Also of particular importance is that the present module may be molded by a simple two-piece mold such that the intermediate section includes a conveying surface of many selected shapes which may be located on the upper side of the module. In particular, the conveying surface may form a channel having substantially any cross section including curved, and which extends both perpendicular to the pivot axis and parallel to the common plane. A conveying belt formed of modules defining such channels is particularly suitable for conveying items which define a tubular shape. In particular, such a conveying belt is suitable for conveying a series of a plurality of stacked disc-shaped items such as round cookies, coins, stampings, etc..

BRIEF DESCRIPTION OF THE DRAWINGS

The above features of the present invention will be more clearly understood from consideration of the following description in connection with the accompanying drawing in which:

FIG. 1 shows a module of a conveyor belt incorporating the features of this invention.

FIG. 2 shows one of the elongated elements broken out of the module of FIG. 1.

FIGS. 3A, 3B, and 3C show a perspective view, a side view and a top view respectively of an alternate embodiment of the present invention wherein the two pluralities of pivot ends are not offset.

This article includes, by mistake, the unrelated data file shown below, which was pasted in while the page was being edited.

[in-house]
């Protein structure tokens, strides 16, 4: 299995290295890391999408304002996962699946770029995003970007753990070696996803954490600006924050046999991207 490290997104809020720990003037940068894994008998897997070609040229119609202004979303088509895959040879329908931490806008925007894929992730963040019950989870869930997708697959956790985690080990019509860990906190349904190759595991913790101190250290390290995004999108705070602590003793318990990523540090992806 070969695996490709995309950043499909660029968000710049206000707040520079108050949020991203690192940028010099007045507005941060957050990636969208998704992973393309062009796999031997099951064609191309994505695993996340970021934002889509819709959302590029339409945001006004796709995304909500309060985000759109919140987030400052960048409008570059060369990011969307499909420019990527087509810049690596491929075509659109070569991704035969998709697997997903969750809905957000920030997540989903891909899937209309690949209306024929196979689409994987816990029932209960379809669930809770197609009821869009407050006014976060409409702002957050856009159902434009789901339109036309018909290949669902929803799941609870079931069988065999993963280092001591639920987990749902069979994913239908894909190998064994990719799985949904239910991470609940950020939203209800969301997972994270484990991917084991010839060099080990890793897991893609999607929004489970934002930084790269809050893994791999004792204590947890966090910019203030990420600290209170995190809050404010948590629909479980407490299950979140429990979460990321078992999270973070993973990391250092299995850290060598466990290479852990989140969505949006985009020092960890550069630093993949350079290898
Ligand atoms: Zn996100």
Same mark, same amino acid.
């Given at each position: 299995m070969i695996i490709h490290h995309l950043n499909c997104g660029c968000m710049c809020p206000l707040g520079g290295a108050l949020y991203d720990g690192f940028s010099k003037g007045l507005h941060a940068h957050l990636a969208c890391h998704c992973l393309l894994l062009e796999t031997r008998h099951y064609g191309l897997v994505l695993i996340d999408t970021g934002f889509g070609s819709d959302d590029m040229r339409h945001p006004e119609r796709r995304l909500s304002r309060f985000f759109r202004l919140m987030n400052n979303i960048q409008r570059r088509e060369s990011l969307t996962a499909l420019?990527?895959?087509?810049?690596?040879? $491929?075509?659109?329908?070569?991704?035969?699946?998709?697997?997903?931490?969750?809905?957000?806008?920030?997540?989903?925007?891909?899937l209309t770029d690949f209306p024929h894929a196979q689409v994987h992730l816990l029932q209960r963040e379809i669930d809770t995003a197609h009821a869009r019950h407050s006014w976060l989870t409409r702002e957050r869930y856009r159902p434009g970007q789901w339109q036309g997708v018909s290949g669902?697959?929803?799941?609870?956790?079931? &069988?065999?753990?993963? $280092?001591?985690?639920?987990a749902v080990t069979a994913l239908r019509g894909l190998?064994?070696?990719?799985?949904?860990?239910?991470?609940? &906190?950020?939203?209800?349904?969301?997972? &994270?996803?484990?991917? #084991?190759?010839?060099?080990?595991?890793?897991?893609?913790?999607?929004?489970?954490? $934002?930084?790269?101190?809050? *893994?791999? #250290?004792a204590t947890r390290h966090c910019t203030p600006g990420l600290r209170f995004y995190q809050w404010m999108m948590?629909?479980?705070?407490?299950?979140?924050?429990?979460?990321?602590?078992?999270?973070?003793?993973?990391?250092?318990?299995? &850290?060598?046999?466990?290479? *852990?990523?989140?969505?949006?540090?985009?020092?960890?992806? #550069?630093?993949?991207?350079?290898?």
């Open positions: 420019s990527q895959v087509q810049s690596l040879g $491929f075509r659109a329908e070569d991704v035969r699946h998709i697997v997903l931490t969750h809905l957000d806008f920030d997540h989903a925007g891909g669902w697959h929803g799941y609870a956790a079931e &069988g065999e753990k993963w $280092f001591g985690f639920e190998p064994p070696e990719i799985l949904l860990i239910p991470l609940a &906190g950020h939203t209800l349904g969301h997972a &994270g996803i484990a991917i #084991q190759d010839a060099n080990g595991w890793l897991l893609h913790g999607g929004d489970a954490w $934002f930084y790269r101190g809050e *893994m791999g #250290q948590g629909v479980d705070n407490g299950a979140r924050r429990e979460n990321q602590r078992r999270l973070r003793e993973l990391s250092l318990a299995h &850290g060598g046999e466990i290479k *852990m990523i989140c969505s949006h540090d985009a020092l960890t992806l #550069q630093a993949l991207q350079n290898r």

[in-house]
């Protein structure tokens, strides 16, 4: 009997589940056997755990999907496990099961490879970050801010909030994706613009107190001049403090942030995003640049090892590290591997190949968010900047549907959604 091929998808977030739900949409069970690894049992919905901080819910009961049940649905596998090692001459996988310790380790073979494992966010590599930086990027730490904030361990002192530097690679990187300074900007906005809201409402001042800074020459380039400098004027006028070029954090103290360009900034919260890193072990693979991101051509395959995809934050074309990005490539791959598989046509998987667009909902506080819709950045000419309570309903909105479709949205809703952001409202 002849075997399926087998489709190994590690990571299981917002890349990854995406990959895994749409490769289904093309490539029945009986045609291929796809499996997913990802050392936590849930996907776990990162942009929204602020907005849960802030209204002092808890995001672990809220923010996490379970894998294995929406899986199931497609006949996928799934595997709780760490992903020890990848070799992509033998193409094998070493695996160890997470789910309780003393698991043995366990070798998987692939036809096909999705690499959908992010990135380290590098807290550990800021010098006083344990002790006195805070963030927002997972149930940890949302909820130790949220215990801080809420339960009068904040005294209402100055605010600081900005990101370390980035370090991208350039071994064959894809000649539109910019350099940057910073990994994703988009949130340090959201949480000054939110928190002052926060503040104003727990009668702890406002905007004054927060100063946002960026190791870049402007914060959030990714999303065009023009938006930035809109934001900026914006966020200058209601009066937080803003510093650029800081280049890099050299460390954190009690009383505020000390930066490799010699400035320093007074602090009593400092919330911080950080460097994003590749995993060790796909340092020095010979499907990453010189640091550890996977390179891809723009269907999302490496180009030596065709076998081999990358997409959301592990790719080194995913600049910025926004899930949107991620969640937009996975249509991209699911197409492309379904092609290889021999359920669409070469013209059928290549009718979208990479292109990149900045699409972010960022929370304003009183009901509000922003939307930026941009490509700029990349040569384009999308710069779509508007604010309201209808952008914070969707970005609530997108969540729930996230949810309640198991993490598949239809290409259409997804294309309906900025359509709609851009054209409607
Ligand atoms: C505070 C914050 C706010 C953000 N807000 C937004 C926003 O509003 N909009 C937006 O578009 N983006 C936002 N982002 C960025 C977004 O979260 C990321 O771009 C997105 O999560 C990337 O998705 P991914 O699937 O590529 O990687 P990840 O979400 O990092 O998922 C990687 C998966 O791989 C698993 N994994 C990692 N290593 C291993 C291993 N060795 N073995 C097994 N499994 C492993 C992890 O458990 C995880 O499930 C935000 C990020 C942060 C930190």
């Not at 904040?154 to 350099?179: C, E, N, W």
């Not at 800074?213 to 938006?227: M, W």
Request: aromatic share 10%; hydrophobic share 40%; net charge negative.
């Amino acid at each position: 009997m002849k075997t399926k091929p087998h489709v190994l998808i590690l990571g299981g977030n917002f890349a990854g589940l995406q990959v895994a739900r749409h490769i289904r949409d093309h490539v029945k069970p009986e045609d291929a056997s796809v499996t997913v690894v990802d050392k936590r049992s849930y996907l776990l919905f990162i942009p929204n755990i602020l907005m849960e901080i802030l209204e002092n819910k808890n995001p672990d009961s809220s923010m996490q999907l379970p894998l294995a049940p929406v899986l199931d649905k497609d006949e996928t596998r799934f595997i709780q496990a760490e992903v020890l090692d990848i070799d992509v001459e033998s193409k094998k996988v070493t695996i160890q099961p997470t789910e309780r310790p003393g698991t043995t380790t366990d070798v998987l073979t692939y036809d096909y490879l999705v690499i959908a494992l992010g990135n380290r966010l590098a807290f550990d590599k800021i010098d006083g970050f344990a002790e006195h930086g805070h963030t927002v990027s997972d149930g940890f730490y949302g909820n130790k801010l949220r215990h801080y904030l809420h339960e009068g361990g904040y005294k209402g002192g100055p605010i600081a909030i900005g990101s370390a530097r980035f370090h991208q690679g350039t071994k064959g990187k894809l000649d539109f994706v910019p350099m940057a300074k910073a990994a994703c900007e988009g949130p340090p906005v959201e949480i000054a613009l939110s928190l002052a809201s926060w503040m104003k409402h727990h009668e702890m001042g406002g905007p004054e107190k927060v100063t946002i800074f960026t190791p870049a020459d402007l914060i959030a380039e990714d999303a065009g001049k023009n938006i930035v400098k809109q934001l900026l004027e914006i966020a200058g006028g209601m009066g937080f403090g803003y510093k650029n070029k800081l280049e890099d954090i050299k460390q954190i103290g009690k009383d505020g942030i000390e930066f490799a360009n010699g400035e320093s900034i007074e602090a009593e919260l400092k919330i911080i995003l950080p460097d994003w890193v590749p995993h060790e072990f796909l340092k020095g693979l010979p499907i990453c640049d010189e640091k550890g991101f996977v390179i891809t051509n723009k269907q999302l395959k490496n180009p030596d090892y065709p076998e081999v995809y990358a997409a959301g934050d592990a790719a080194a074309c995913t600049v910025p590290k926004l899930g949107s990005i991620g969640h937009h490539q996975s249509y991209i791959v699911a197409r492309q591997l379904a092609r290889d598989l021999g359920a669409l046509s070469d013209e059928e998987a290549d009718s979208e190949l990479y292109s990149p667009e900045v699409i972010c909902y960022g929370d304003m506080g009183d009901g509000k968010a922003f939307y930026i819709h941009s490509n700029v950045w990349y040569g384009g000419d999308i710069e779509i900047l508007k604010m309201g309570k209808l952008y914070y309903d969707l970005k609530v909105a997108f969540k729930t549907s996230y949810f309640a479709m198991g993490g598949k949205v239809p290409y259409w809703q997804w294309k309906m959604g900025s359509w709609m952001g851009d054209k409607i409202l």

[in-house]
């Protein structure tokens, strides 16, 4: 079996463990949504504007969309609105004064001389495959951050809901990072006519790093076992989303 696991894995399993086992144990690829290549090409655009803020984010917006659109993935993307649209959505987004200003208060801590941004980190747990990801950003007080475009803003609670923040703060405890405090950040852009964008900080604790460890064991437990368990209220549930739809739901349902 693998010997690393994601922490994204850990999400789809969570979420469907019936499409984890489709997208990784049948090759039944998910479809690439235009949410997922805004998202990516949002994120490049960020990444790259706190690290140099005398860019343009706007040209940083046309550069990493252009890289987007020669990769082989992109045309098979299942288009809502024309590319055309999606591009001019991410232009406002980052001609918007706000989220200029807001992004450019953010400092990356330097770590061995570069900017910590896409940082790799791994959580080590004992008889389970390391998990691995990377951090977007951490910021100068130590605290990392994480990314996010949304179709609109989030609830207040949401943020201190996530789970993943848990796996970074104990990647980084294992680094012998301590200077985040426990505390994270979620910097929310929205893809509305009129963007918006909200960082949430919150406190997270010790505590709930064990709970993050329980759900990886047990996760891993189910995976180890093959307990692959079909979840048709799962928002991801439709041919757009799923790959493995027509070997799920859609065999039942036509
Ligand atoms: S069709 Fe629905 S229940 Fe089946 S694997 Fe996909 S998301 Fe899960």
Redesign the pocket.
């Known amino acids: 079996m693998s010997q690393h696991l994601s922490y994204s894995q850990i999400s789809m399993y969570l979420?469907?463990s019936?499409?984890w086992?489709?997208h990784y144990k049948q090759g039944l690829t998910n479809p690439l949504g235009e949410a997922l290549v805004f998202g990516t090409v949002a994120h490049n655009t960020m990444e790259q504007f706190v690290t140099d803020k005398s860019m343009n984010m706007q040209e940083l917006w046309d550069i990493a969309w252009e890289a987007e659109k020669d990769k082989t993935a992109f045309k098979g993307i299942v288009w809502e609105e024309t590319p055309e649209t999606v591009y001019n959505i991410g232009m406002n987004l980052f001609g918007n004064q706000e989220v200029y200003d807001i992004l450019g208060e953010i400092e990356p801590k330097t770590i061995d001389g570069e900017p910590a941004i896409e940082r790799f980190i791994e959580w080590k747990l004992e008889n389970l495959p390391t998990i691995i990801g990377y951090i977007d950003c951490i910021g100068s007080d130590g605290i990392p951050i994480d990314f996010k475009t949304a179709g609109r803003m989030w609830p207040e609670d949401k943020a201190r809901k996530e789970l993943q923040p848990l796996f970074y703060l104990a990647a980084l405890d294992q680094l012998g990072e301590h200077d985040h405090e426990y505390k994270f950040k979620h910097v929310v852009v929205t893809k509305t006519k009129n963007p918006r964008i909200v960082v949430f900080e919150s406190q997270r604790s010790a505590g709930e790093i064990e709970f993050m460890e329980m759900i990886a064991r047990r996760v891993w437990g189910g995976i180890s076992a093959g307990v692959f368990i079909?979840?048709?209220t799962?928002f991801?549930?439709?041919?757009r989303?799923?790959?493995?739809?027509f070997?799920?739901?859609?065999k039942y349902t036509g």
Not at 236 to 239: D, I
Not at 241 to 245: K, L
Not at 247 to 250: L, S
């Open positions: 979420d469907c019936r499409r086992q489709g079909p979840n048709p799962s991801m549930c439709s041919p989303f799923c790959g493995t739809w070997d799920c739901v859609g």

FIGS. 4A and 4B show a perspective view and a side view respectively of still another alternate embodiment of the present invention wherein the module is suitable for being driven in either of two directions.

FIG. 5 shows yet another embodiment of the present invention similar to that shown in FIG. 1.

FIG. 6 shows still another embodiment of the present invention.

FIG. 7 shows a link belt made of modules of the types shown in FIGS. 1 or 5 cooperating with a sprocket wheel.

FIG. 8 shows a conveyor belt formed of modules of the type shown FIGS. 1, 3 or 4, cooperating with a sprocket.

FIG. 9 shows a conveyor belt formed of modules of the type shown in FIGS. 3, 4 or 6 wherein the belt is driven by sprocket teeth cooperating with the pivot ends of the conveyor belt.

FIG. 10A shows a module similar to the type shown in FIG. 1 and further including a conveyor surface suitable for conveying tubular shaped items.

FIG. 10B shows the end view of the FIG. 10A and further shows by dashed lines how the module conveys tubular items.

FIG. 11 is a perspective view of portions of three of the modules similar to that shown in FIG. 10A and illustrating how the conveyor belt conveys tubular shaped items including stacked disc items.